Igniting more vigils

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Igniting more vigils

About 1,000 people including families of victims and officials of the Association of Nationwide Squatters held candlelight vigils on Tuesday in central Seoul till late in the evening following the fire in Yongsan that claimed the lives of five protesters and a member of a police SWAT team.

Seeing these vigils return to our streets, many citizens are worried that we might be subjected to the same level of chaos that defined much of last summer. The most urgent thing for now is for the central government to quickly respond to this incident and convince the public that it is taking the tragedy seriously.

Considering the nature of the incident and the social circumstances, the fire and its consequences remain a very touchy issue.

Before it is determined who are the victims and who is to blame, public sympathy and sadness might spill over into anger with the authorities.

The incident could have a similar psychological impact as the fear of mad cow disease had last year.

It could deepen the gap between different social groups. People who belong to the lowest income bracket in society are the most vulnerable to the ongoing economic slowdown, and people who are less fortunate than others might feel angered by the fire in Yongsan, even if they didn’t actually witness what happened.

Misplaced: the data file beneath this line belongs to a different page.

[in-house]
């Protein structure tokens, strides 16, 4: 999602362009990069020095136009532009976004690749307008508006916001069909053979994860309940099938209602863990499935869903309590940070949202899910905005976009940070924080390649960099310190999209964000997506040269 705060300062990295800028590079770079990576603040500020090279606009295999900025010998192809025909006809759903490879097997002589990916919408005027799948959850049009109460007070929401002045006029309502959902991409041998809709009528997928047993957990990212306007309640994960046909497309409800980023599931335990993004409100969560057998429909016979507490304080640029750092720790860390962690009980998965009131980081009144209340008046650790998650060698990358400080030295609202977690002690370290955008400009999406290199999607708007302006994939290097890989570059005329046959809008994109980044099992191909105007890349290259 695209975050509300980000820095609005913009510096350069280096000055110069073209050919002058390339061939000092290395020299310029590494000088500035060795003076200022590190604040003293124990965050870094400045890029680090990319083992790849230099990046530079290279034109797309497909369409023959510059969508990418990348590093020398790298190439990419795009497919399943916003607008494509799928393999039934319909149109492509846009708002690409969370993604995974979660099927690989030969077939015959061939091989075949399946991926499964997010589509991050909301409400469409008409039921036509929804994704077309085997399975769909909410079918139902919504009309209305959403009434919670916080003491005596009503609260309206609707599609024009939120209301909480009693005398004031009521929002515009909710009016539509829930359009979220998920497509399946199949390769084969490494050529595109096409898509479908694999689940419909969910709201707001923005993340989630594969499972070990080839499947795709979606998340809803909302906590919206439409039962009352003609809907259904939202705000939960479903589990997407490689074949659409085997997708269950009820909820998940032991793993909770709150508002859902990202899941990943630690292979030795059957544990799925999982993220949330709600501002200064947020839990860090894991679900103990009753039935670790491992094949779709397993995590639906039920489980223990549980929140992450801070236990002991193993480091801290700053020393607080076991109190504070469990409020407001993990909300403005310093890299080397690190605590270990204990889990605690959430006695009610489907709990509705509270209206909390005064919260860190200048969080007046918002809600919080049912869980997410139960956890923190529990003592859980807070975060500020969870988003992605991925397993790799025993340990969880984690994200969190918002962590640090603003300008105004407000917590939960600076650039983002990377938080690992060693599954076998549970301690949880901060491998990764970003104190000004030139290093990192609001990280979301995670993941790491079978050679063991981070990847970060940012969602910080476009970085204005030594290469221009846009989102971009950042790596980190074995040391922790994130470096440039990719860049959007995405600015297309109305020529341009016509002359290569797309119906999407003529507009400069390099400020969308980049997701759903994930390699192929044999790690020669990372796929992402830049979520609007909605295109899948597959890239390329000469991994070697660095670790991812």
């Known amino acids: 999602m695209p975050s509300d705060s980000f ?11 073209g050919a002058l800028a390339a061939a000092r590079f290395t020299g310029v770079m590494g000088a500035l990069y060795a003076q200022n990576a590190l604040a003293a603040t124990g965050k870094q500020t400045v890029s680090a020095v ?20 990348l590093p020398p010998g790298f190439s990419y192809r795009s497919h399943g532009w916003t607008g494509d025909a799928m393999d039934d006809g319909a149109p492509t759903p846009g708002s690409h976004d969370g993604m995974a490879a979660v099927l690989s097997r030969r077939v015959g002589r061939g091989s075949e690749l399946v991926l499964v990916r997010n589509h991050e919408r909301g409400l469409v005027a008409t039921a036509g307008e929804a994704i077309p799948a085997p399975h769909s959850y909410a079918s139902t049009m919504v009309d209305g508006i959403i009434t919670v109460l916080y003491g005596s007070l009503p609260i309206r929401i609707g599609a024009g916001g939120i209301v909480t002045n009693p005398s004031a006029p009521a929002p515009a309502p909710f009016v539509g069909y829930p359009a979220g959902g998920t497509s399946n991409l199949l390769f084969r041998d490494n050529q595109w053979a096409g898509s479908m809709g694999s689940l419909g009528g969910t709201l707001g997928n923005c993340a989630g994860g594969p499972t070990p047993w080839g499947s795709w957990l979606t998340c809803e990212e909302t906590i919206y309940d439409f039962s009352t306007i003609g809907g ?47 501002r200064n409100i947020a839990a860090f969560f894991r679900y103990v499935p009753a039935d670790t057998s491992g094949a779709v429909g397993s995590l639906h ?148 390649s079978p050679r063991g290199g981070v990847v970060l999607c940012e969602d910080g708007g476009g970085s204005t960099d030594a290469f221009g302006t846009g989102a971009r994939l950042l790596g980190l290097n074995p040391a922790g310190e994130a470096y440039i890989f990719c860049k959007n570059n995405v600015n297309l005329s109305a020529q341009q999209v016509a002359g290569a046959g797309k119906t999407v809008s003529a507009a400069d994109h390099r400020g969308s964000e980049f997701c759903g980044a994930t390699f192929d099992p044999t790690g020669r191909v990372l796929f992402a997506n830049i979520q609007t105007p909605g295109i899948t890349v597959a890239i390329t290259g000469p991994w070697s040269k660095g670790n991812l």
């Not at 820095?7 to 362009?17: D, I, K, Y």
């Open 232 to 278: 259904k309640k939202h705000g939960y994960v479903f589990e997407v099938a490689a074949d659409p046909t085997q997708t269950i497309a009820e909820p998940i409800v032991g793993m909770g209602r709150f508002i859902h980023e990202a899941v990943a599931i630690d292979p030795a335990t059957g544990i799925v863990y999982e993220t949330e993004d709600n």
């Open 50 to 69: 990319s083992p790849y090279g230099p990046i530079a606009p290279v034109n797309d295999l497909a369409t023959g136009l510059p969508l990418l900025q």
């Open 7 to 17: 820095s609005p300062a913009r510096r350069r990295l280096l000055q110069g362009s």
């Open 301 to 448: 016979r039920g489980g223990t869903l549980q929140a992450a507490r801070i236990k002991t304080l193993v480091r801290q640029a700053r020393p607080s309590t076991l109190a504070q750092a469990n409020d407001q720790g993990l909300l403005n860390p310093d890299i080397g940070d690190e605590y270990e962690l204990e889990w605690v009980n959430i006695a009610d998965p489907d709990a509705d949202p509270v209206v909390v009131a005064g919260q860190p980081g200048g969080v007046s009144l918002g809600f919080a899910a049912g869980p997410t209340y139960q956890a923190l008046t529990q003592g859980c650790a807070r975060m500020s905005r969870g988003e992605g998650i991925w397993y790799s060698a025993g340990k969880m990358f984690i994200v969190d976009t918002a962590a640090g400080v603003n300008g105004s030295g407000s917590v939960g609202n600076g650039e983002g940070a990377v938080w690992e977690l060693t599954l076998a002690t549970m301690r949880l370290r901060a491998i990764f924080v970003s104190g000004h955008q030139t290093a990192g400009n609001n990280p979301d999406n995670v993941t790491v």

We may start seeing the fire become a catalyst for the less fortunate to voice their frustrations about a range of issues.

The gap between social classes is a major factor that can lead a society into crisis.

As the central government said earlier, the government should embark on a thorough investigation. But the investigation should be carried out quickly.

According to prosecutors, a SWAT team was ordered to evict the protesters occupying the site of the incident even though police were aware that flammable materials including paint thinner were present at the scene.

The people in authority who made the decisions that led to the deaths of the demonstrators and a policeman must be punished for their negligence.

The government should also do its utmost to give comfort to the victims’ families.

Prime Minister Han Seung-soo visited the hospital where the victims were taken, but he didn’t meet the relatives. He must, if he wants people to believe the government genuinely cares.

The government should not repeat its mistake last year by mishandling this incident with a lukewarm attitude, as it did over the mad cow rallies.

What we really need is quick action to ease public anger.

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